Class is in Session: Teach Homeowners to Curb Water Use

A new study shows Americans use a lot more water at home than they think. Installers can play a vital role by helping customers conserve a resource and enjoy a trouble-free onsite system.

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If you’ve tried to explain to customers how many gallons per day of water they consume and were met with a disbelieving stare, then the results of a recent water usage survey will come as no surprise to you.

According to the report, Perceptions of Water Use, published by the National Academy of Sciences, most Americans use twice as much water as they think performing household tasks. The study’s author, Shahzeen Attari, an assistant professor in the Department of Public and Environmental Affairs at Indiana University, states, “In general, people tend to underestimate water [use] by a large magnitude.’’

A cross-section of 1,020 U.S. residents was surveyed for the study aimed at finding out what people know about their water-consumption habits. The study was based on a concern about dwindling water supplies and the need to conserve the vital resource. Onsite installers could look at the results as a validation of their efforts to educate homeowners about wasting water and how that impacts the life of an onsite system.


The study brought to light some interesting consumer trends and challenges moving forward but came to an optimistic conclusion: “Well-designed efforts to improve public understanding of household water use could pay large dividends for behavioral adaptation to temporary or long-term decreases in availability of fresh water,’’ the author states.

The online survey turned up a few interesting facts:

Estimates are way off for high-usage activities.

On average, those surveyed underestimated water usage for a variety of typical household activities. For example, participants thought a standard clothes washer used 14 gallons of water compared to the actual 34 gallons for typical usage. The differences between perceived and actual usage grew when looking at high-use activities, such as running a garden hose or keeping a hot tub full.

According to the study, the best available U.S. Environmental Protection Agency (EPA) data on water usage and appliances is 14 years old, but it remains relevant. Here’s how it breaks down overall water usage in the home:

  • Toilet: 26.7 percent
  • Clothes washer: 21.7 percent
  • Shower: 16.8 percent
  • Faucet:15.7 percent
  • Leaks: 13.7 percent
  • Other: 5.3 percent

People think changing habits rather than switching to water-saving devices is the greater solution.

Respondents believe curtailing water use during certain activities makes the biggest impact on conservation. When asked about the single most effective thing they could do to cut down on water usage, 42.6 percent answered taking shorter showers, by far the biggest response. Others included turning off water when doing other activities [not brushing teeth]; turning off water when brushing teeth; doing less laundry or full loads of laundry; and watering the lawn less often.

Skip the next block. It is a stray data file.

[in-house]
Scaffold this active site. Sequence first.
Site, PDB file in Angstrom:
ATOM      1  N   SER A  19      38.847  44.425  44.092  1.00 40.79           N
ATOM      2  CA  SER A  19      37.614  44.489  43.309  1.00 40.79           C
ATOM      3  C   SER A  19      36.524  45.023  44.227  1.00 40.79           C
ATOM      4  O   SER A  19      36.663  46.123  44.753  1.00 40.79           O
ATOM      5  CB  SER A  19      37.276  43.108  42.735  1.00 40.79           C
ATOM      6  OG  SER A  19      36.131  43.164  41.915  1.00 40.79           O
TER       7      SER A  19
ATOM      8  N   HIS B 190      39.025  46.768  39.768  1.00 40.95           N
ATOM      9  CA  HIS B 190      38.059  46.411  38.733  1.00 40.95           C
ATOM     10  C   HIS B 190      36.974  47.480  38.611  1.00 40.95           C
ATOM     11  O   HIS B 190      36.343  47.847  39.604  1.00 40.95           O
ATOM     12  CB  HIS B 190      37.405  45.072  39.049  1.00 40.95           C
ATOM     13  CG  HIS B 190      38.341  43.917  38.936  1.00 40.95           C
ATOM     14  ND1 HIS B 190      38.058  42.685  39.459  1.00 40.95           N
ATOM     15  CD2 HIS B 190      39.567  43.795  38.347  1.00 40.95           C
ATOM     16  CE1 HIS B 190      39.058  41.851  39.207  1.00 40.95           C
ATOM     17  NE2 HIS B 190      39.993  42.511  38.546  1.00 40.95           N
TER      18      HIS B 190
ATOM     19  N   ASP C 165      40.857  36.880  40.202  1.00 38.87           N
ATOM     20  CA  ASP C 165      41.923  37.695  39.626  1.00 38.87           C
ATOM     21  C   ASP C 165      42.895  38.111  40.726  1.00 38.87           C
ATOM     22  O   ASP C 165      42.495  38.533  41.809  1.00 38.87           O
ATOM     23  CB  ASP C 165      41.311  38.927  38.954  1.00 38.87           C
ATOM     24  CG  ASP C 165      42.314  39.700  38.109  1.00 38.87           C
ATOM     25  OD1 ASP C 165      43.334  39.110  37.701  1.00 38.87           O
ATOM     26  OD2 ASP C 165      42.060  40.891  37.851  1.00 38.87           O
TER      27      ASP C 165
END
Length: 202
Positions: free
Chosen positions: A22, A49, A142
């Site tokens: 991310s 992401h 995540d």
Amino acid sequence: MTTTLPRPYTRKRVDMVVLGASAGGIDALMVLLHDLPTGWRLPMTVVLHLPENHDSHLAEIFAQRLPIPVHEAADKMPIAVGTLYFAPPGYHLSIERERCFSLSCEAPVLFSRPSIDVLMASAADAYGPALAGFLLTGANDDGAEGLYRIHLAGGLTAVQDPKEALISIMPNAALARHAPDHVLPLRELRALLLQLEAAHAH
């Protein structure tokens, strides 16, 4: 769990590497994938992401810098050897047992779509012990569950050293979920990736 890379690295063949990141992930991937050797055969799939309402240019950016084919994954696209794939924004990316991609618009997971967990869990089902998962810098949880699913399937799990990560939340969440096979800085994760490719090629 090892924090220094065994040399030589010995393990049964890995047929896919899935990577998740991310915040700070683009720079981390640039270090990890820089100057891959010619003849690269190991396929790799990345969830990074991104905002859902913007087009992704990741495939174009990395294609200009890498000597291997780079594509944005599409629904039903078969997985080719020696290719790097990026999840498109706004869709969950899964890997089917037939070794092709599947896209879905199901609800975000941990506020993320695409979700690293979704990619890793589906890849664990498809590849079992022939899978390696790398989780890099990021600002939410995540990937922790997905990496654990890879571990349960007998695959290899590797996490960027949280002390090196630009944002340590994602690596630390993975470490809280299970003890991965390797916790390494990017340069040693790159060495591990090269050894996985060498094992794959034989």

Shorter showers and lawn watering might be high on the list because people associate those activities erroneously with extreme water use. Because flushing a toilet only takes a few seconds, they might not think of its greater impact on water usage, the study concludes.

The responses conflict with EPA recommendations for slowing the flow of water through the house. Among the least-mentioned conservation actions mentioned by respondents were “buying water-efficient appliances and fixtures” along with “water-efficient toilet” and “flushing less.” According to the study, the EPA estimates that retrofitting toilets for efficiency would cause the greatest savings (71 percent) in indoor household water use. The upfront cost associated with replacing inefficient fixtures may be one reason respondents mention that solution less frequently, the study speculates.

Education efforts should target women and young people first.

If you’re a parent always harping on teenagers for their long showers, this conclusion makes a lot of sense. The median age of those taking the survey was 30 years old, skewing younger than the U.S. median age of 37.2 years. A few more men (51.6 percent) than women took the survey. The study determined that older and male participants were more accurate in their perceptions of water usage.


None of this is surprising (with the possible exception that men showed a more realistic perception of water usage). The study shows that when water is plentiful and inexpensive, and overuse doesn’t cause significant issues, people are not going to pay much attention to it.

It’s the same thing we’ve experienced with gasoline. Regular was 50 cents per gallon when I was in high school, so it didn’t hurt much when I pulled into the pump in my gas-guzzling ’68 Chevy Impala with its rumbling 327 V8. But today, Americans look at fuel consumption in a different way. With skyrocketing prices, they have to.

Attari’s report cited another study estimating 13.2 gallons of clean water are required per person, per day for human needs, but that the average American was using 98 gallons of water per day in 2005. And 70 percent was used indoors. Clearly there’s a disconnect between expectations and reality, and we’re needlessly pouring a lot of water down the drain and loading drainfields.

So, like you’ve known for as long as you’ve been designing or installing septic systems, most homeowners need a little education about using water efficiently – not just to conserve the resource, but to keep their private wastewater systems working properly. Anything you can do to further that effort helps the environment, saves your customers worry and repairs down the road, and enhances your reputation as a wastewater professional. Class is in session.


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